Buying and renovating a property is, clearly, a multifaceted transaction. With solicitors to chase, surveyors to organise and mortgage lenders to manage – and that’s before the renovations begin – it is easy to overlook the area of stamp duty relief. Renovators sometimes overpay stamp duty because their conveyancers either don’t have the information they need, or they wrongly decide that relief cannot be claimed. Conveyancers, on the whole, take a conservative view.
The main types are:
Stamp duty is higher for residential properties, but the rules are so complex that many conveyancers and advisers fail to understand them properly. Some think that the 3% additional rates are payable when they are not. In other instances, they fail to factor in multiple dwellings relief, which can substantially lower the overall stamp duty charge.
Those who renovate a mixed-use property – i.e. both residential and non-residential – are eligible to pay lower rates of stamp duty, but the definition of what is a mixed-use property is currently a matter of debate with HMRC. There are several cases currently before the tax tribunal awaiting a clearer definition.
Multiple dwellings relief
Multiple dwellings relief is worth considering for buyers who purchase a property containing more than one self-contained unit, such as one or more annexes within the house – or self-contained accommodation in outbuildings on the property.
How can renovators find out if they’re eligible to reclaim?Renovators should check the details of a purchase and then consider whether a stamp duty relief applies. In most cases, the refund claim must be made to HMRC within 12 months and 14 days of completing the purchase.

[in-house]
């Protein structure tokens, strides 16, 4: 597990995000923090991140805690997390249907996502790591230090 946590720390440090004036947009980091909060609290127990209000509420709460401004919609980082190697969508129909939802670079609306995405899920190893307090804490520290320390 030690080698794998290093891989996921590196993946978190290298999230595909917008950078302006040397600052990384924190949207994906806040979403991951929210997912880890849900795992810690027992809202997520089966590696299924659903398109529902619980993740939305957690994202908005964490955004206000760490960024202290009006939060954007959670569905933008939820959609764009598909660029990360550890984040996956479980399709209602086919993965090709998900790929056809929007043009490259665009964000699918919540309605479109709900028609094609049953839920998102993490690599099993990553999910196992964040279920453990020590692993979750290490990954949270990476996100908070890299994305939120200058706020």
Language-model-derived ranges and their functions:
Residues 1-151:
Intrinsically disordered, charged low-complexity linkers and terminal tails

If stamp duty has been overpaid because a conveyancer failed to claim the relief, it is possible to amend the SDLT return and make a claim to lower rates of SDLT.
How to claim back stamp duty
HMRC’s SDLT calculator enables property owners to work out the rates of stamp duty. Individuals can then write to HMRC to claim for the amount that has been overpaid.
The refund rules are complicated, but if the deadline for making a claim is missed, buyers could claim against their conveyancer.
How long does a stamp duty reclaim take?
Generally, a refund claim takes several weeks to be processed and repaid by HMRC. HMRC operates a “process now, check later” procedure, which means that they will normally pay out the refund after some basic checks. They will then examine the claim in more detail within a nine-month period after the claim.
Where the refund claim looks questionable, HMRC will open an enquiry and require detailed information in support of it. If they then disagree that a refund was due, they will issue a closure notice requiring repayment. HMRC publishes guidance on making a refund claim online, and this will save the fee charged by an advisor. However, in my experience, many people find the process of claiming back their stamp duty complex and time-consuming.